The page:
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  • Article
    27 december 1997

    In December 1997, the Italian State Railways signed an agreement with
    transport workers' trade unions on the management of redundancies. The
    agreement provides for the creation of a fund to deal with redundant staff by
    means of "mobility" procedures, the Wages Guarantee Fund, job-security
    agreements and early retirement. An important aspect of the agreement was the
    mediation by the Government.

  • Article
    27 december 1997

    At the end of 1997, the First Chamber of the Dutch Parliament rejected a
    proposal to give employees the legal right to work part time. Employers
    opposed the bill, while the trade unions were divided on the subject.

  • Article
    27 december 1997

    On 27 November 1997, the Finnish Firefighters' Union (Suomen Palomiesliitto,
    SPAL) called a strike which continues at the time of writing (11 December).
    The action arises from disagreements about firefighters' pay system, working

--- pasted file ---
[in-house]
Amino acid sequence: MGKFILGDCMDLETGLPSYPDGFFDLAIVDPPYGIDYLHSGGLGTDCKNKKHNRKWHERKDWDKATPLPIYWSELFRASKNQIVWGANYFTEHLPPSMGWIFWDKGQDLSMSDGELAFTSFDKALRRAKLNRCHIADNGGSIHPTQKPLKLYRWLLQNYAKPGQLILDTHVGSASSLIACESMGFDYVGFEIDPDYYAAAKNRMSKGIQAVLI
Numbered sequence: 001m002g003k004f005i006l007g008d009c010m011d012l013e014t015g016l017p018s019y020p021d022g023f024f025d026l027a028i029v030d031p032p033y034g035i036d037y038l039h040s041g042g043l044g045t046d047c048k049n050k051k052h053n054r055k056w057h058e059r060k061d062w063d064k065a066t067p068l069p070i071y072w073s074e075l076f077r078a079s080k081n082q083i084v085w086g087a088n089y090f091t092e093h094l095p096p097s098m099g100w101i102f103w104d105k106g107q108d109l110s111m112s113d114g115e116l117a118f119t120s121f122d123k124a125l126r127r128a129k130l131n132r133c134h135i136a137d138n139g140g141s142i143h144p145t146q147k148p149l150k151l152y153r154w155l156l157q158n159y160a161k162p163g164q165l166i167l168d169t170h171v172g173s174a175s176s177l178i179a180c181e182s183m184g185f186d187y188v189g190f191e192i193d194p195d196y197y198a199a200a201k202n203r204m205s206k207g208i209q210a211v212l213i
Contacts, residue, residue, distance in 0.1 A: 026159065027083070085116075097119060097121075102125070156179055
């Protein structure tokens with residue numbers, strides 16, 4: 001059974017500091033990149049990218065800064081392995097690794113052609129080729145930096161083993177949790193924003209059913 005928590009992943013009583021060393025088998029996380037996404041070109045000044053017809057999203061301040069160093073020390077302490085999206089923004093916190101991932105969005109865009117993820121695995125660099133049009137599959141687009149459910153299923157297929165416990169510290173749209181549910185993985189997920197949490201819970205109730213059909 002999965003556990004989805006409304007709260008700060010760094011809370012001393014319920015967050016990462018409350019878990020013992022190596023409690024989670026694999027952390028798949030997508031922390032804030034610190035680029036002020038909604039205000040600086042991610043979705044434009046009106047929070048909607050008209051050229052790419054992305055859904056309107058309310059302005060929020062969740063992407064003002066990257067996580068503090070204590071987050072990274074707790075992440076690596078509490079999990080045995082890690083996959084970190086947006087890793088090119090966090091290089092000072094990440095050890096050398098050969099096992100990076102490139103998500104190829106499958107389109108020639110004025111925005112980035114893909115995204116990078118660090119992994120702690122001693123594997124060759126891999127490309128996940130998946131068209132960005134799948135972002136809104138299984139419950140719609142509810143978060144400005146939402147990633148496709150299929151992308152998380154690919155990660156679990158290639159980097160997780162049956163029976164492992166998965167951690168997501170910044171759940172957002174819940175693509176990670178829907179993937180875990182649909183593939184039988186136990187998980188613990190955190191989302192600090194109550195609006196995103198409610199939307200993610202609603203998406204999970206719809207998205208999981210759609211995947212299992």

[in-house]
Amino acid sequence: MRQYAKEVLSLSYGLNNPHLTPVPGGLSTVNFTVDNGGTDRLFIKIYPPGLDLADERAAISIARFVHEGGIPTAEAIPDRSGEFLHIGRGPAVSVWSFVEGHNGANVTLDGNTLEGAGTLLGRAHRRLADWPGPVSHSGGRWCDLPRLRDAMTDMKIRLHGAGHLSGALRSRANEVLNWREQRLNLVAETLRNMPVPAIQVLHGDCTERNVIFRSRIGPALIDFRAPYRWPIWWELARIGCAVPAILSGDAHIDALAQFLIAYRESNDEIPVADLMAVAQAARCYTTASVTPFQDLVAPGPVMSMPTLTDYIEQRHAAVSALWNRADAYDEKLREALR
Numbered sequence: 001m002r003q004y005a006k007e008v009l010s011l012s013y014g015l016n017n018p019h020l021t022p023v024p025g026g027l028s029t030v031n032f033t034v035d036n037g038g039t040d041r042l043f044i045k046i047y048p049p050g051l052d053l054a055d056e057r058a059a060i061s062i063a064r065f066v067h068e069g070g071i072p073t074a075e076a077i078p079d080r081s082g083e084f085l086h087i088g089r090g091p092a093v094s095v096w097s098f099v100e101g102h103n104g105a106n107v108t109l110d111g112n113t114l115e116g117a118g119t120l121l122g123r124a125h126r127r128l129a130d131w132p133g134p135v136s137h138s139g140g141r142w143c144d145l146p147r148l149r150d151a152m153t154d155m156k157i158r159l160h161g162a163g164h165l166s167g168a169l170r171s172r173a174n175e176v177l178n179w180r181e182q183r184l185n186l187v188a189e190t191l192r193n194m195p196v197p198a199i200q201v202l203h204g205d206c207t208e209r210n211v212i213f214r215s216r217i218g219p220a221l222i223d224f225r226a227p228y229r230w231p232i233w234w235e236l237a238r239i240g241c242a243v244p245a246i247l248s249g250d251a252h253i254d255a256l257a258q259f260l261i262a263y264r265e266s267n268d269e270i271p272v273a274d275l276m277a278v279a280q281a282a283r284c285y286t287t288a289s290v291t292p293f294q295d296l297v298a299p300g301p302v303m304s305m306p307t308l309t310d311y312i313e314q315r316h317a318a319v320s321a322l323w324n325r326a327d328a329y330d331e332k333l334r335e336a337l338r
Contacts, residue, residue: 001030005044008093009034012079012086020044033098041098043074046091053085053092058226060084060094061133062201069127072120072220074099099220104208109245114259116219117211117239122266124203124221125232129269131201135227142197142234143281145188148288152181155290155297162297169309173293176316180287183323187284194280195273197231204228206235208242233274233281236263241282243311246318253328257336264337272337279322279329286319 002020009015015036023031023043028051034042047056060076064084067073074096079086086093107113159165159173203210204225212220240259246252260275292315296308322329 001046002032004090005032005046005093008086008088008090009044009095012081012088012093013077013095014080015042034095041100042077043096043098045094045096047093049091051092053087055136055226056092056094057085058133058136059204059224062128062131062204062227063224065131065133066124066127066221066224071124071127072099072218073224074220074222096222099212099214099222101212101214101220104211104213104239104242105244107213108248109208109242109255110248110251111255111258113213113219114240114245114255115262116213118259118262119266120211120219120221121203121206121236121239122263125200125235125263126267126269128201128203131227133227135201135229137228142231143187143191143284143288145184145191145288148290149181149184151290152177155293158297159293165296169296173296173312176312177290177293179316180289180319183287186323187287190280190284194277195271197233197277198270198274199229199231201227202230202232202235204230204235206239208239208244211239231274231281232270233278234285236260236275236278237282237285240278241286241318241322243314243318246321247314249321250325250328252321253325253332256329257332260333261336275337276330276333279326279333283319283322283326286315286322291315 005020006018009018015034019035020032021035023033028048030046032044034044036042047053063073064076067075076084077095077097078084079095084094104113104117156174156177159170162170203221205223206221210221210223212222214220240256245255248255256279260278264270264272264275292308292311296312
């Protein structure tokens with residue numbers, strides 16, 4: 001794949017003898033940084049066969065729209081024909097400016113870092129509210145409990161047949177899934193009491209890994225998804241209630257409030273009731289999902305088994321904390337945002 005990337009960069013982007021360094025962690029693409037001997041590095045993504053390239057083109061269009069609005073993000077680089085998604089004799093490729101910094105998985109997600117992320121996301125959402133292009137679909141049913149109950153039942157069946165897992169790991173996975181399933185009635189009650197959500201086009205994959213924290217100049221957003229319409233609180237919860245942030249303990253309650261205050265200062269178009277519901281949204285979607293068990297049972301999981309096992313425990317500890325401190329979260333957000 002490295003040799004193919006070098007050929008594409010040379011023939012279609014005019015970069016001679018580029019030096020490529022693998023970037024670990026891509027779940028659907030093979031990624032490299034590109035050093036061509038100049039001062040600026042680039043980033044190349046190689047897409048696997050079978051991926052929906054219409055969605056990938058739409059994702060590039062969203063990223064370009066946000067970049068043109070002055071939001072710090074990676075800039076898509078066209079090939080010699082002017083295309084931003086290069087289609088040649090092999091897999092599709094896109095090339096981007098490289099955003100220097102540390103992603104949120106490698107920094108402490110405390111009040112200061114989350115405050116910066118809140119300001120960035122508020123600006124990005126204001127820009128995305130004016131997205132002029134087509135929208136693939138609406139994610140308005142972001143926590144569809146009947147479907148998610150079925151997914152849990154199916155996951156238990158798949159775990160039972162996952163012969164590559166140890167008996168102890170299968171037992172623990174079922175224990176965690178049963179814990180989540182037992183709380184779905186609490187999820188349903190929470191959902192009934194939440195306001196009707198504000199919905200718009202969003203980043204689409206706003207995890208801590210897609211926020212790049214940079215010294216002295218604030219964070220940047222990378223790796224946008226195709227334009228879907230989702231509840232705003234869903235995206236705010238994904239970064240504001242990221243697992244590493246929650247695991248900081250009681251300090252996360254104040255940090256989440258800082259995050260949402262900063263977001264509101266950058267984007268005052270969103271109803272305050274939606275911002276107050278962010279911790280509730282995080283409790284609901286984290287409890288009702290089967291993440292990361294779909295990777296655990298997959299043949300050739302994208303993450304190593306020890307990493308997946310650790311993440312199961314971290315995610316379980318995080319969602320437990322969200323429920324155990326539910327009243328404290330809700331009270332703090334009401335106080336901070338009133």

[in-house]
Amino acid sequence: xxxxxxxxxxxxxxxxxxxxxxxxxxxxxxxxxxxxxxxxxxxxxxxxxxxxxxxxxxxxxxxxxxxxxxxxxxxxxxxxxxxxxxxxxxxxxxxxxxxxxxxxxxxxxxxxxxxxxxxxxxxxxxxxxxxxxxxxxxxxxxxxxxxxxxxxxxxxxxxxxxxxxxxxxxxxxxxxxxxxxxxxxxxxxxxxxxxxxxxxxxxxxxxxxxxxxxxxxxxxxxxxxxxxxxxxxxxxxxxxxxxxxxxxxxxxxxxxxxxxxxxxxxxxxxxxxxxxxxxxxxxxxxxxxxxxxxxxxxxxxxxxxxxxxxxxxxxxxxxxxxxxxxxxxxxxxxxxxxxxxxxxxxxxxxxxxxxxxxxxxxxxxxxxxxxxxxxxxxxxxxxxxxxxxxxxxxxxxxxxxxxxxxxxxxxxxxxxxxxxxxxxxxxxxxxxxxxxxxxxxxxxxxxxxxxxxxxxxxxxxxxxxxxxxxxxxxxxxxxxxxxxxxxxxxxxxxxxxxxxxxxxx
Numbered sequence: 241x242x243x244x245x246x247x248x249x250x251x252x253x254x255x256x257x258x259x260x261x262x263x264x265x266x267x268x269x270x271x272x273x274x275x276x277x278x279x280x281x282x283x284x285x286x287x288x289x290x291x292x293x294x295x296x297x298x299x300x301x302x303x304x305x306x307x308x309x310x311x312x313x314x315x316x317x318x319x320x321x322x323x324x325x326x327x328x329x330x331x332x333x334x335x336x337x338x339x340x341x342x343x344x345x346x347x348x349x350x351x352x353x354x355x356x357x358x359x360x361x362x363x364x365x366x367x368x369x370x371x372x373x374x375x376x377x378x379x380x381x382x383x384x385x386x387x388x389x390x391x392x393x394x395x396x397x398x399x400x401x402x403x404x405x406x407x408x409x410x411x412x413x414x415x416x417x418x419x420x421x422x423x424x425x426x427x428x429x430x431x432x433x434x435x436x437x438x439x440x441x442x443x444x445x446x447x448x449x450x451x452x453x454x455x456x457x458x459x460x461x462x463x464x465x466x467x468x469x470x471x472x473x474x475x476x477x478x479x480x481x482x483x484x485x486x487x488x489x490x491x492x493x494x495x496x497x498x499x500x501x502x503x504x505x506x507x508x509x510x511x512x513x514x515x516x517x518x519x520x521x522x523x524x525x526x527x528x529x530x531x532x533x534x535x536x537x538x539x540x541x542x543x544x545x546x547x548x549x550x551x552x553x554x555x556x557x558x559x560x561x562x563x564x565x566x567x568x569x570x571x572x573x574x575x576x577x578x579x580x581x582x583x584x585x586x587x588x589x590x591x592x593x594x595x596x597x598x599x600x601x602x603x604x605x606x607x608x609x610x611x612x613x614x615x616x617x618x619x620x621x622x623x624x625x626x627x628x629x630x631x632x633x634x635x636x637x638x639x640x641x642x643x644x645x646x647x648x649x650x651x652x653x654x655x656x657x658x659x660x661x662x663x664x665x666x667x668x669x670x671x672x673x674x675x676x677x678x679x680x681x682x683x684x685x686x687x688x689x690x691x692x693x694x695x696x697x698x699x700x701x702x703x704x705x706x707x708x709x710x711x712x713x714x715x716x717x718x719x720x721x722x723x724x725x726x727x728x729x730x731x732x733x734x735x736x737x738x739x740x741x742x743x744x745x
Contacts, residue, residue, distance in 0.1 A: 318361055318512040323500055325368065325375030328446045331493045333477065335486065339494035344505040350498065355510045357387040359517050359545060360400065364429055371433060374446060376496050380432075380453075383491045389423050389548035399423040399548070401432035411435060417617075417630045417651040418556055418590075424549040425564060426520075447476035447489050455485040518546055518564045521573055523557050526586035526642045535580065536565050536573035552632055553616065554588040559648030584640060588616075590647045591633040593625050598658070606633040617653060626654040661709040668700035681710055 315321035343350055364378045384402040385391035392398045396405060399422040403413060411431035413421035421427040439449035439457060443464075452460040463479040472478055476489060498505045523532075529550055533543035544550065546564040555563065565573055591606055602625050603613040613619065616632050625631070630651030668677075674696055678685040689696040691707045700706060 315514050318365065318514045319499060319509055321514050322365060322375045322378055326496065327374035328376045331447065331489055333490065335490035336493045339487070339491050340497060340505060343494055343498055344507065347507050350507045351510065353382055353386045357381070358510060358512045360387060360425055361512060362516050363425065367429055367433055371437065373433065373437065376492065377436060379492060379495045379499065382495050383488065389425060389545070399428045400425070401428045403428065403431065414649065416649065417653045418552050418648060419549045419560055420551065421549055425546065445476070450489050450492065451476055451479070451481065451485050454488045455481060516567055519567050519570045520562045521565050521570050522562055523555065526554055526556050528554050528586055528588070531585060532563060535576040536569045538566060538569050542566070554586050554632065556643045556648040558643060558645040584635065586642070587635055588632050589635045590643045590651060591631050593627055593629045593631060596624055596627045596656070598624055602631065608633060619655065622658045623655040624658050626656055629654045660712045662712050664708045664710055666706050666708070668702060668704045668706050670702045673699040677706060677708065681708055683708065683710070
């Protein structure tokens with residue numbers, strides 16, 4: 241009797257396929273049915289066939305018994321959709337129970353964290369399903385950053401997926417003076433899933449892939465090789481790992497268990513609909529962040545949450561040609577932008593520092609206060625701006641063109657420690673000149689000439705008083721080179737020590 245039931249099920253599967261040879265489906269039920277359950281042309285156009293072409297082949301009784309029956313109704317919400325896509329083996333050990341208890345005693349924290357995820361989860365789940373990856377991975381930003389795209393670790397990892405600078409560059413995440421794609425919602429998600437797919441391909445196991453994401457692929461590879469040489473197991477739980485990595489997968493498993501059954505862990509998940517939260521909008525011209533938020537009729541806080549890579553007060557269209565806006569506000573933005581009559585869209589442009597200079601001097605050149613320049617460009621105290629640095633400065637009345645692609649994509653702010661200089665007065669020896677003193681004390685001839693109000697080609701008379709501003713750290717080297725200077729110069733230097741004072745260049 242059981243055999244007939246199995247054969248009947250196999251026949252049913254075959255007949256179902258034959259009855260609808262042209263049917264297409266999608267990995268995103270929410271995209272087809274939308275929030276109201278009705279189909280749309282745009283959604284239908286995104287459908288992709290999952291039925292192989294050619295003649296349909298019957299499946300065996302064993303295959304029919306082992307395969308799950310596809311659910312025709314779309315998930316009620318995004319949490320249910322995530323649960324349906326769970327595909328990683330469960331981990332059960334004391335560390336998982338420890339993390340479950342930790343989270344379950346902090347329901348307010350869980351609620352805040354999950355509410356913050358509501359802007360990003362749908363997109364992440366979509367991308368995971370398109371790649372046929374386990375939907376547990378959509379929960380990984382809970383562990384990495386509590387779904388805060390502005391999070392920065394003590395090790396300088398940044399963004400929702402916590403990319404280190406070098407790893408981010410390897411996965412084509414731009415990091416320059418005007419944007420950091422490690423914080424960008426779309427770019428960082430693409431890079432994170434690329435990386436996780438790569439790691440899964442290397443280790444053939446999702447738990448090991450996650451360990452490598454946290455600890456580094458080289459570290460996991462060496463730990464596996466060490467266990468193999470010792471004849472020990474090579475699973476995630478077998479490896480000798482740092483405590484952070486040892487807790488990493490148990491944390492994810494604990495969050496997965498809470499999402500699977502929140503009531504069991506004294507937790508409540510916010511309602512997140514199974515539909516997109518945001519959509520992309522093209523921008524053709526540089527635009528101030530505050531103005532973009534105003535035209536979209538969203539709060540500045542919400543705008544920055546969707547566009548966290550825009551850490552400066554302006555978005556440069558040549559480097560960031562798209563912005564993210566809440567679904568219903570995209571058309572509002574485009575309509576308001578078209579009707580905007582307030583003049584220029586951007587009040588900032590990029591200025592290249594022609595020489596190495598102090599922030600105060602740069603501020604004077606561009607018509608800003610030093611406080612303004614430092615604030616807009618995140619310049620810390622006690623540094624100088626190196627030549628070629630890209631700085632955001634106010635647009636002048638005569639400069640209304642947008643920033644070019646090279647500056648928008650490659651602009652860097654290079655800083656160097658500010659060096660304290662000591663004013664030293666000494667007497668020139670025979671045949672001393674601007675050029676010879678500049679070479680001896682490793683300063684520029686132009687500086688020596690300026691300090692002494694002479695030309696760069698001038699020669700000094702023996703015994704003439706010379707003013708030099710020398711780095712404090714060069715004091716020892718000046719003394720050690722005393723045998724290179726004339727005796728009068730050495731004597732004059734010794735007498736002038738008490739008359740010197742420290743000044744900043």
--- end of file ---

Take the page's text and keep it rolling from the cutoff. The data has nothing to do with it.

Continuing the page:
hours and retirement age. An attempt at conciliation ended without results
    and the national conciliator, Juhani Salonius, came to the conclusion that
    the parties stood so far apart that not even a proposal for a settlement
    could be made.

  • Article
    27 december 1997

    In late 1997, the Committee on Freedom of Association of the International
    Labour Organisation (ILO) issued a report favourable to the pay claims of
    Spanish civil servants.

  • Article
    27 december 1997

    EUROCADRES (the Council for European Professional and Managerial Staff)
    represents over 4 million professional and managerial staff in Europe who are
    members of trade unions affiliated to the European Trade Union Confederation.
    The organisation hosted a conference on 2-3 December 1997 to showcase what it
    sees as the underpublicised problem of long working hours among Europe's
    managers. Trends in working hours for these workers, who are potentially
    excluded from the coverage of much of the 1993 EU Directive on certain
    aspects of the organisation of working time (93/104/EC [1]), have run counter
    to the general trend towards a reduction of working hours. The conference,
    which was attended by 150 individuals from among EUROCADRES' member
    organisations and other European and national social partner organisations
    and institutions, focused on the findings of a report on /Professional